By Anthony Sutcliffe – Freelance IT Consultant

*Please note: The characters mentioned in this article are fictitious, but are based on real life personal examples.



Back in August, the UK TechNet team approached me to write a ‘Different Strokes for Different Folks’ article, by drawing upon personal experience I highlighted some of the different working styles an IT professional may encounter from the Marketing department. However, in this article I want to focus on interactions I’ve made with senior managers in the past and share some of my insight and best practise.

During my IT career, I’ve worked for a number of different companies. In every case, the senior managers were people with very different attitudes and ways of working; and it also has to be said, very different understandings of technology. It could often be difficult working with these people; trying to get them to understand topics that they didn’t understand or care about.

‘The quick-fix with minimal cost’ type managers

In one particular case, the business was family owned; it had been started by Ron (*) and after 3 decades, it was a multi-million pound operation being run by his sons, Gareth and Richard. These two could best be described as “mercurial”; they had immense energy, worked long hours and took a close personal interest in most aspects of the daily operations within the sales and manufacturing sides of the business. However, they were not quite so keen on some of the other, more mundane aspects.

It was not uncommon for the two of them, to suddenly ask me to implement or change something, often without any obvious lead up to the request. In some cases, it seemed that this occurred after they had spoken to someone else, or seen something that they had read in the trade press. Often, the request would not necessarily be unreasonable, but might not quite fit in with the overall strategy; in other cases, it might be completely unachievable given the resources available or technology already in place. More than a few times, one of the brothers might make a request that was then changed by the other.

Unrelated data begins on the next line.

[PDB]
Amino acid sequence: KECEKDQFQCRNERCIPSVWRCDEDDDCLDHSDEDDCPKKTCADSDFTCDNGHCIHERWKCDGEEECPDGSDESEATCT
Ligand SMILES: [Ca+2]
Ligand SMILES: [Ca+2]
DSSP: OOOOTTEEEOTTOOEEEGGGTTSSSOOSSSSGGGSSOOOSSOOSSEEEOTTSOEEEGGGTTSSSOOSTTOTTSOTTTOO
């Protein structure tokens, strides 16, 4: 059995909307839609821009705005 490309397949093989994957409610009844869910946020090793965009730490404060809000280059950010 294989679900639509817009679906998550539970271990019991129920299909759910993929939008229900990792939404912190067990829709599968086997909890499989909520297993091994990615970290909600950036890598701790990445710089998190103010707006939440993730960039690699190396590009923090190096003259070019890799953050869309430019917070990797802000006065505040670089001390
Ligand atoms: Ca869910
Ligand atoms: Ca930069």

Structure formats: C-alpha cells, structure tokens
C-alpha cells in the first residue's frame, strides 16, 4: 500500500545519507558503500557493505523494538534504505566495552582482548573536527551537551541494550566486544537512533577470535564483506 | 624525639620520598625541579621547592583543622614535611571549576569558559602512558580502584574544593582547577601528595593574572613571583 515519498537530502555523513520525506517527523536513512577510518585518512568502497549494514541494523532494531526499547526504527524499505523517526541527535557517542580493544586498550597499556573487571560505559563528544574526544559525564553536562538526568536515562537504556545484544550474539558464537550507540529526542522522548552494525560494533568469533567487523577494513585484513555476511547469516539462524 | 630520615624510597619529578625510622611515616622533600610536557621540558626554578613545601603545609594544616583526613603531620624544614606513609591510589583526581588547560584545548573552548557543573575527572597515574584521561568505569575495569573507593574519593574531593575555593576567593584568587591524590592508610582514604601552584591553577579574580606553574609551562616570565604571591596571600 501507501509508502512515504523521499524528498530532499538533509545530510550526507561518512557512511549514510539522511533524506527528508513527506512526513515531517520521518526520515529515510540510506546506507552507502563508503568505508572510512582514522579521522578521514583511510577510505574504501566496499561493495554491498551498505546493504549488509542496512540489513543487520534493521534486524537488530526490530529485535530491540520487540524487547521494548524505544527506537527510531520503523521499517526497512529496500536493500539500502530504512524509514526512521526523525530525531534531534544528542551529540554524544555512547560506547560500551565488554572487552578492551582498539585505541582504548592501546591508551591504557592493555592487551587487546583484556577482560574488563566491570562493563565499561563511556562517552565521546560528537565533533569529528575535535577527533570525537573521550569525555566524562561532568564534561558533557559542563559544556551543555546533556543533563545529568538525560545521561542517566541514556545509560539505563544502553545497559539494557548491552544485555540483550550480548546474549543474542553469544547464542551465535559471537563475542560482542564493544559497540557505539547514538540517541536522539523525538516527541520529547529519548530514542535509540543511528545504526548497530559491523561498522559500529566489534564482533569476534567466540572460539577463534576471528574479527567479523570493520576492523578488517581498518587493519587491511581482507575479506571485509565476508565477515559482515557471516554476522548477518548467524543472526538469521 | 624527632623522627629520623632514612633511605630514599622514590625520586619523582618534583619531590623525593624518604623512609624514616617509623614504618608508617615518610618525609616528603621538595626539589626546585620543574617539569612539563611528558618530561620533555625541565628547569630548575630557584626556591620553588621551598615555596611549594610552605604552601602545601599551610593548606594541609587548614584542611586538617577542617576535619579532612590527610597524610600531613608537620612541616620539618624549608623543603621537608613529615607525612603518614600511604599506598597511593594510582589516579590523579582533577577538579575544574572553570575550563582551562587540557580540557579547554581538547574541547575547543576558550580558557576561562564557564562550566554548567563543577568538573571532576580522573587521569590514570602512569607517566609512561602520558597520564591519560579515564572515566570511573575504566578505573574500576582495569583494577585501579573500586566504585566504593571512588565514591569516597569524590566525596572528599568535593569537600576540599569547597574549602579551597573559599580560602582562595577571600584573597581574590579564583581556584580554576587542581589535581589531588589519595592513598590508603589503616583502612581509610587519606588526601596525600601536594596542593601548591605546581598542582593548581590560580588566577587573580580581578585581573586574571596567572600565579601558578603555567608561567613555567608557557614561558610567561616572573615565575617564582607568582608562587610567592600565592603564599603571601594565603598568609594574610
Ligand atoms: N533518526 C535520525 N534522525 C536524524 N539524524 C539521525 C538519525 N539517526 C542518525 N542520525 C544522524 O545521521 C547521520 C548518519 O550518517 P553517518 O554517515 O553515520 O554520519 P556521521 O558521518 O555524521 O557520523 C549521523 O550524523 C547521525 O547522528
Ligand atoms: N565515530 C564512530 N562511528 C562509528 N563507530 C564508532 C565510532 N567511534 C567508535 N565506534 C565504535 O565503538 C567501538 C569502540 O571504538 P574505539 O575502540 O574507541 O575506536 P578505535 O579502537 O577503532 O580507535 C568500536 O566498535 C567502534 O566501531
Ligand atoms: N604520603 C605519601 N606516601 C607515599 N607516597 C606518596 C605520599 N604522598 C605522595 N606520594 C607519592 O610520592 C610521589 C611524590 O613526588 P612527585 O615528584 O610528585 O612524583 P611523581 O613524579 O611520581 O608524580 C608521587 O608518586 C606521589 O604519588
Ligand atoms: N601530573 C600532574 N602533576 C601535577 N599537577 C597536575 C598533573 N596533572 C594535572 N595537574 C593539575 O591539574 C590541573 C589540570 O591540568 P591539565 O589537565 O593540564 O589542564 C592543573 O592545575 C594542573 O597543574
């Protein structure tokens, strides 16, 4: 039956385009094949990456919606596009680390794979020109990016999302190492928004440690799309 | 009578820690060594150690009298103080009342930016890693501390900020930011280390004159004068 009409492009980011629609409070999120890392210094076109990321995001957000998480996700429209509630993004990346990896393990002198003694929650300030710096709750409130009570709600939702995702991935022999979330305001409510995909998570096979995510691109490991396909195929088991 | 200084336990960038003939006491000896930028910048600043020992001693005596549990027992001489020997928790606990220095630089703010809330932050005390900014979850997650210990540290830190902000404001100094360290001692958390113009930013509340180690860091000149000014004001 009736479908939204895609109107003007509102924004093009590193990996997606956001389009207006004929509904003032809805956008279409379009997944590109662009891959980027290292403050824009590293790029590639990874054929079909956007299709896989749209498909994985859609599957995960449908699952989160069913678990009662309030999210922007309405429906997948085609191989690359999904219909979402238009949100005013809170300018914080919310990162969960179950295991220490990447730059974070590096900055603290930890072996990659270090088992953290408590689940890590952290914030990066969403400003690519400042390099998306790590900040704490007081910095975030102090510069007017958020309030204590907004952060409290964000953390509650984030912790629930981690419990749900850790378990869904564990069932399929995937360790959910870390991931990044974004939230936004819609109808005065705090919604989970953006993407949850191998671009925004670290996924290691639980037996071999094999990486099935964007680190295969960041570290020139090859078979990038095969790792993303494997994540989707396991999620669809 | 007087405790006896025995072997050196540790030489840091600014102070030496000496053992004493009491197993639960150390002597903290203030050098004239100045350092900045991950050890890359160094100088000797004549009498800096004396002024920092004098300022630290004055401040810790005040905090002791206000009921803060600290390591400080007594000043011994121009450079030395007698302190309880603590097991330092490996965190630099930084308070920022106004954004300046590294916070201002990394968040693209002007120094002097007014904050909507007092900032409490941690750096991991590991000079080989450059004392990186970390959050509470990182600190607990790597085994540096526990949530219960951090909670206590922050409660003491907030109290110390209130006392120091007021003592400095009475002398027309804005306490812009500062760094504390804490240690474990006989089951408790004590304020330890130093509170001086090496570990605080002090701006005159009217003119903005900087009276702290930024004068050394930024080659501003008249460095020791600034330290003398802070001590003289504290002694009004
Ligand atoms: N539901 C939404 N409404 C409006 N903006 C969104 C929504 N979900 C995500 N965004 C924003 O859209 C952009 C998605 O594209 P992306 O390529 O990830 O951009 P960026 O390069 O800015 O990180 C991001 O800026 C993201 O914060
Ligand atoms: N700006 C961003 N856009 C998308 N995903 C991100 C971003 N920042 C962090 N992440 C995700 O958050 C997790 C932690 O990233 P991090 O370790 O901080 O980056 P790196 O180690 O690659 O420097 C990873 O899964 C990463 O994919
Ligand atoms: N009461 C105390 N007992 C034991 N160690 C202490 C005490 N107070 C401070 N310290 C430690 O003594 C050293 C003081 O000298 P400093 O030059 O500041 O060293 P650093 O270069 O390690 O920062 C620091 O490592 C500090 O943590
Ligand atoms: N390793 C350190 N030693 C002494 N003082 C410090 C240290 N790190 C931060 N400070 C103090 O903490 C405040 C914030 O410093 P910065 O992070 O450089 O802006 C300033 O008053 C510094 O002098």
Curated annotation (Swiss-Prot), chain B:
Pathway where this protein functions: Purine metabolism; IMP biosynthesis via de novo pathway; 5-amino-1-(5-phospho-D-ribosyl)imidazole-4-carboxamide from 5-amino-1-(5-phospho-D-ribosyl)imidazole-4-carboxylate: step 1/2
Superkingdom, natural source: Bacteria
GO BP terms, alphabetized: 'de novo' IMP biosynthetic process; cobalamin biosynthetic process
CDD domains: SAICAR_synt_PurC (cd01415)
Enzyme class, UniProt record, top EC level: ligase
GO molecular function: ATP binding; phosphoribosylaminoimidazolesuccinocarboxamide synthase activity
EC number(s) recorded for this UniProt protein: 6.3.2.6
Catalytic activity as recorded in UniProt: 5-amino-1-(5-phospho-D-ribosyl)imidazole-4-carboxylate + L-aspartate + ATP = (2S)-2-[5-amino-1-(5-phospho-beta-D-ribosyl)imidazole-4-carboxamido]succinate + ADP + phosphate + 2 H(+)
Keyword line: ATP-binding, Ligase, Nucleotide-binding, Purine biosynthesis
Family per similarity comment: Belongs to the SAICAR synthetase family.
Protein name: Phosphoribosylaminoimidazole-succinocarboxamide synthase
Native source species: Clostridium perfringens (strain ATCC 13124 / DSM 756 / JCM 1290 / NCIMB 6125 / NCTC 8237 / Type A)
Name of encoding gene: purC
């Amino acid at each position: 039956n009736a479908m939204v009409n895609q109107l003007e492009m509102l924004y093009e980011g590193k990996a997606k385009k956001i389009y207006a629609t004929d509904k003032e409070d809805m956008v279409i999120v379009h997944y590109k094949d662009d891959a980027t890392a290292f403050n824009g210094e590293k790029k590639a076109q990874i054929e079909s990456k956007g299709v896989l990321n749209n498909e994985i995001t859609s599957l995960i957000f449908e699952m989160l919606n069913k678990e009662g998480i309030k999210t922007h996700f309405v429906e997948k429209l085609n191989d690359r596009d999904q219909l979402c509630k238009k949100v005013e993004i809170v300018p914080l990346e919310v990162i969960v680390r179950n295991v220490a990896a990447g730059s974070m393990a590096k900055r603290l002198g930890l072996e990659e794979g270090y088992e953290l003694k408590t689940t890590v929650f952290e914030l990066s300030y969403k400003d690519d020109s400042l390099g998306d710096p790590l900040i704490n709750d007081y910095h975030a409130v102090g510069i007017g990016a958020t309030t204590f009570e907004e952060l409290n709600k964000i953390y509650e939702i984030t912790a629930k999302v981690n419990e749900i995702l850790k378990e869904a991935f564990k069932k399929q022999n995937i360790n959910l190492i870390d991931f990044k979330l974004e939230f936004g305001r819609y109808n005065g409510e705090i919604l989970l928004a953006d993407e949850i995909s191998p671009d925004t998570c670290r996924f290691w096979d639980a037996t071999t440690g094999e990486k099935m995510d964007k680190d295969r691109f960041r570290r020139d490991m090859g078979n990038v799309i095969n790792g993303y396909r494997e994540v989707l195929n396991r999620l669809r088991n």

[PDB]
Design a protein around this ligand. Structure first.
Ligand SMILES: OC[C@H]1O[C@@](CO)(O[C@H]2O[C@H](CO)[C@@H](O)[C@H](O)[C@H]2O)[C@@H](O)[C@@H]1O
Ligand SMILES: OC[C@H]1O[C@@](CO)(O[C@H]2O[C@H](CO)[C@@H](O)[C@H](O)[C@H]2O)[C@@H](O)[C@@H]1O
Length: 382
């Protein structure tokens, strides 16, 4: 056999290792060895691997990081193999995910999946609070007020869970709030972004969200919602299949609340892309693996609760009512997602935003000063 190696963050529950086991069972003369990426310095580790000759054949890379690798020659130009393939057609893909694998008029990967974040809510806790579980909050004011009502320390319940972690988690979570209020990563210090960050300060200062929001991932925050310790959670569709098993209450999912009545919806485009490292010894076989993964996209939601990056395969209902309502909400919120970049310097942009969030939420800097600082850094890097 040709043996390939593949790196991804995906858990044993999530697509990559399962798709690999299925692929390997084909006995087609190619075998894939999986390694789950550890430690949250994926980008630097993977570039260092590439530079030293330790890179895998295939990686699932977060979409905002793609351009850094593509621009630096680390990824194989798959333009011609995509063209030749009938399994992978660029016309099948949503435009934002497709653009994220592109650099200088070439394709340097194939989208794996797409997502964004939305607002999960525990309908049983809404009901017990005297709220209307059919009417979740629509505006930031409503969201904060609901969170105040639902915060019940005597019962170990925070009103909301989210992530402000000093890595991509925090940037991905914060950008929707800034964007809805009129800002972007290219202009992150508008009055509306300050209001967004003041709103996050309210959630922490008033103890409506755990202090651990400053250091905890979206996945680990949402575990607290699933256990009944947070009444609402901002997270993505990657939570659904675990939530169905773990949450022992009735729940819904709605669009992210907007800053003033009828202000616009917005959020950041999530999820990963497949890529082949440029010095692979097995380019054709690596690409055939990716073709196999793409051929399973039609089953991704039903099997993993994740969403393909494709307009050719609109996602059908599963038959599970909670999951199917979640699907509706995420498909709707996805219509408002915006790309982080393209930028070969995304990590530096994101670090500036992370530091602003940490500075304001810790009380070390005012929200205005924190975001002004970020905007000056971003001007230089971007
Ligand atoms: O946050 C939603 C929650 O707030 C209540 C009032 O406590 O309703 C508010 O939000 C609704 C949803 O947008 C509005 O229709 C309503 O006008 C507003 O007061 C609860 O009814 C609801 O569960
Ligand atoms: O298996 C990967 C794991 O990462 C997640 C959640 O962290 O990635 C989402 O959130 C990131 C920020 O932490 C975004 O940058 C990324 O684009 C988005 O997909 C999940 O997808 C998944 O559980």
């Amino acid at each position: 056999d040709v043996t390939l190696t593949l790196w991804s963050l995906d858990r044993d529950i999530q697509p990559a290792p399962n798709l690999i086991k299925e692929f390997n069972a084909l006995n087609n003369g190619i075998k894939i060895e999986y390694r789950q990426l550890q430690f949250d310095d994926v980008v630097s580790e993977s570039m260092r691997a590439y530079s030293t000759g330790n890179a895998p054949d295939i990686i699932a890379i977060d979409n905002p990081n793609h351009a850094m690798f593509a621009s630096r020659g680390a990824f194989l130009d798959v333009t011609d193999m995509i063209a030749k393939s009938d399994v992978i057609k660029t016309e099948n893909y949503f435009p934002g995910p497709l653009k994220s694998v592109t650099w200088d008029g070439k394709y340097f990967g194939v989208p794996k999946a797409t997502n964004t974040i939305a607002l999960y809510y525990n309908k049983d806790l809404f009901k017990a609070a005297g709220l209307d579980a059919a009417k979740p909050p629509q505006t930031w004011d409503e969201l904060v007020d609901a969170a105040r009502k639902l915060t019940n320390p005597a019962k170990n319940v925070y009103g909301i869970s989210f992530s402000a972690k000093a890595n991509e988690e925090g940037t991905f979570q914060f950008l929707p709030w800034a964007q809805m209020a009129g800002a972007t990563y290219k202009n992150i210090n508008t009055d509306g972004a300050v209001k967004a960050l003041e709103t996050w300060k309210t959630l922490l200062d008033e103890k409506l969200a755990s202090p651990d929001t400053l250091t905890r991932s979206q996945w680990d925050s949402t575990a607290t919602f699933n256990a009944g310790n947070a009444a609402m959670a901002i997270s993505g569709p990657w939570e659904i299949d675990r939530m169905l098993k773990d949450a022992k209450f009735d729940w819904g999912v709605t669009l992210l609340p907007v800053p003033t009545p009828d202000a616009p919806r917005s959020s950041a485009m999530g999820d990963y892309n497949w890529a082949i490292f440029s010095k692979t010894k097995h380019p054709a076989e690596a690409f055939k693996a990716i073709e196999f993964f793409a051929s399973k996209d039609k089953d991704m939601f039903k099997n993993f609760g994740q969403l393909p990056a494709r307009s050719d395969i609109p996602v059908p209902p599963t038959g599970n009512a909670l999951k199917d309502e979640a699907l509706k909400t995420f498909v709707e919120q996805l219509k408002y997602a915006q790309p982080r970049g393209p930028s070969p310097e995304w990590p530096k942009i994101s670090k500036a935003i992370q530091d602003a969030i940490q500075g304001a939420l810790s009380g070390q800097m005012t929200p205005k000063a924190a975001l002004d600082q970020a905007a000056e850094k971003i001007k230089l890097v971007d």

I found that it was better not to try to explain the technology to them at the time; but simply to say that it was a good idea, indicate that I would “look into it” and get back to them. A few days later, I would present them with a brief indication of what was required; but then I’d highlight the cost of the work. On most occasions, they would look at this, but then decide that the cost was too high. Occasionally, they would ask why I couldn’t do it myself; I’d then say I’d be happy to, but needed additional training and development to do it correctly. Again, once the cost was clear to them, the plans were usually shelved.

‘The Chalk and Cheese’ type managers

This was very different approach to the one that I used with my next employer. The two main directors were rather different; Charles was quiet, methodical and had the technical background that allowed him to understand more practical issues. Keith however was less concerned about the technical side of things; and he just wanted to see results.